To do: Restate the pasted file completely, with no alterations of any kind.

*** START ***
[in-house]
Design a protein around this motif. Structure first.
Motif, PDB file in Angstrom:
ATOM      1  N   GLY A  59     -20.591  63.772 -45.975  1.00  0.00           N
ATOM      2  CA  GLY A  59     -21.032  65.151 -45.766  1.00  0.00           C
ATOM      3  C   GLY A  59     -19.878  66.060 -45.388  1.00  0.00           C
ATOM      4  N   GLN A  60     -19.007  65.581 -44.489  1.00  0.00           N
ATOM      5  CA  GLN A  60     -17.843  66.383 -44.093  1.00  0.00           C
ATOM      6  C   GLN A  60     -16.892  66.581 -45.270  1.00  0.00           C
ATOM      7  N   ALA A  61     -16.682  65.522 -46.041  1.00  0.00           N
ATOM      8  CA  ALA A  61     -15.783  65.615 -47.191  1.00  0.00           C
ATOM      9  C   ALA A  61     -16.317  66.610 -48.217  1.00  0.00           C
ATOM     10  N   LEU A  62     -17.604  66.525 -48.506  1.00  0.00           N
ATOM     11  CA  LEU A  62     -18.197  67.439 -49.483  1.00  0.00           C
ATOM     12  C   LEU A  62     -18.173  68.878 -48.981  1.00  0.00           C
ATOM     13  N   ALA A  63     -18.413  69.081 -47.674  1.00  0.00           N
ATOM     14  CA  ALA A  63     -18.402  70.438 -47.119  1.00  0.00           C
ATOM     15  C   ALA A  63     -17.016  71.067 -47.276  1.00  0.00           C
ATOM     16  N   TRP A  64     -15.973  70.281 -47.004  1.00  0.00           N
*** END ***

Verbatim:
[in-house]
Design a protein around this motif. Structure first.
Motif, PDB file in Angstrom:
ATOM      1  N   GLY A  59     -20.591  63.772 -45.975  1.00  0.00           N
ATOM      2  CA  GLY A  59     -21.032  65.151 -45.766  1.00  0.00           C
ATOM      3  C   GLY A  59     -19.878  66.060 -45.388  1.00  0.00           C
ATOM      4  N   GLN A  60     -19.007  65.581 -44.489  1.00  0.00           N
ATOM      5  CA  GLN A  60     -17.843  66.383 -44.093  1.00  0.00           C
ATOM      6  C   GLN A  60     -16.892  66.581 -45.270  1.00  0.00           C
ATOM      7  N   ALA A  61     -16.682  65.522 -46.041  1.00  0.00           N
ATOM      8  CA  ALA A  61     -15.783  65.615 -47.191  1.00  0.00           C
ATOM      9  C   ALA A  61     -16.317  66.610 -48.217  1.00  0.00           C
ATOM     10  N   LEU A  62     -17.604  66.525 -48.506  1.00  0.00           N
ATOM     11  CA  LEU A  62     -18.197  67.439 -49.483  1.00  0.00           C
ATOM     12  C   LEU A  62     -18.173  68.878 -48.981  1.00  0.00           C
ATOM     13  N   ALA A  63     -18.413  69.081 -47.674  1.00  0.00           N
ATOM     14  CA  ALA A  63     -18.402  70.438 -47.119  1.00  0.00           C
ATOM     15  C   ALA A  63     -17.016  71.067 -47.276  1.00  0.00           C
ATOM     16  N   TRP A  64     -15.973  70.281 -47.004  1.00  0.00           N